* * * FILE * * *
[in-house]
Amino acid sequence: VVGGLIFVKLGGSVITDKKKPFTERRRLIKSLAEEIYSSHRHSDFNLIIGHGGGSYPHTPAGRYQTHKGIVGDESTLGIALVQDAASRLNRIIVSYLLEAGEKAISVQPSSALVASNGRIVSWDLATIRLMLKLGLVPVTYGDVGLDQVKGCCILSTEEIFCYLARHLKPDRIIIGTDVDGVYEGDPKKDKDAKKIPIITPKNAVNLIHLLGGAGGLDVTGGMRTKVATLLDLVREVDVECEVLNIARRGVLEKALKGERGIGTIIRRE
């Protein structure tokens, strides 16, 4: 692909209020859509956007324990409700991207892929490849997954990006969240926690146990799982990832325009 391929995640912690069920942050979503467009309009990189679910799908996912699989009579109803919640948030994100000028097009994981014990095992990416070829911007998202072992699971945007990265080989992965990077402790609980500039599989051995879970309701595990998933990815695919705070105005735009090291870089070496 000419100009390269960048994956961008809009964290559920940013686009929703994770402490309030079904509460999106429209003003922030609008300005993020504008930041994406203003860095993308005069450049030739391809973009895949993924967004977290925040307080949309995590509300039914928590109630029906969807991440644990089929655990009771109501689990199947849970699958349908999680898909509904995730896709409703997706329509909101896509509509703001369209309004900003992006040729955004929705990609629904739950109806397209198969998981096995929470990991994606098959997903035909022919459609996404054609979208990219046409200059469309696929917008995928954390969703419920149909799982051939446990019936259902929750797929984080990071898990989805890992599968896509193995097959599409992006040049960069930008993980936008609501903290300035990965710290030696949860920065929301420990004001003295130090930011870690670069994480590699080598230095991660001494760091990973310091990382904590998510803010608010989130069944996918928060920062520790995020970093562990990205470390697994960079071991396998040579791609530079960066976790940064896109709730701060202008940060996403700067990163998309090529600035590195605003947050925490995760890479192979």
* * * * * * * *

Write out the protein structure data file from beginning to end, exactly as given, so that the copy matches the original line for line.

[in-house]
Amino acid sequence: VVGGLIFVKLGGSVITDKKKPFTERRRLIKSLAEEIYSSHRHSDFNLIIGHGGGSYPHTPAGRYQTHKGIVGDESTLGIALVQDAASRLNRIIVSYLLEAGEKAISVQPSSALVASNGRIVSWDLATIRLMLKLGLVPVTYGDVGLDQVKGCCILSTEEIFCYLARHLKPDRIIIGTDVDGVYEGDPKKDKDAKKIPIITPKNAVNLIHLLGGAGGLDVTGGMRTKVATLLDLVREVDVECEVLNIARRGVLEKALKGERGIGTIIRRE
């Protein structure tokens, strides 16, 4: 692909209020859509956007324990409700991207892929490849997954990006969240926690146990799982990832325009 391929995640912690069920942050979503467009309009990189679910799908996912699989009579109803919640948030994100000028097009994981014990095992990416070829911007998202072992699971945007990265080989992965990077402790609980500039599989051995879970309701595990998933990815695919705070105005735009090291870089070496 000419100009390269960048994956961008809009964290559920940013686009929703994770402490309030079904509460999106429209003003922030609008300005993020504008930041994406203003860095993308005069450049030739391809973009895949993924967004977290925040307080949309995590509300039914928590109630029906969807991440644990089929655990009771109501689990199947849970699958349908999680898909509904995730896709409703997706329509909101896509509509703001369209309004900003992006040729955004929705990609629904739950109806397209198969998981096995929470990991994606098959997903035909022919459609996404054609979208990219046409200059469309696929917008995928954390969703419920149909799982051939446990019936259902929750797929984080990071898990989805890992599968896509193995097959599409992006040049960069930008993980936008609501903290300035990965710290030696949860920065929301420990004001003295130090930011870690670069994480590699080598230095991660001494760091990973310091990382904590998510803010608010989130069944996918928060920062520790995020970093562990990205470390697994960079071991396998040579791609530079960066976790940064896109709730701060202008940060996403700067990163998309090529600035590195605003947050925490995760890479192979």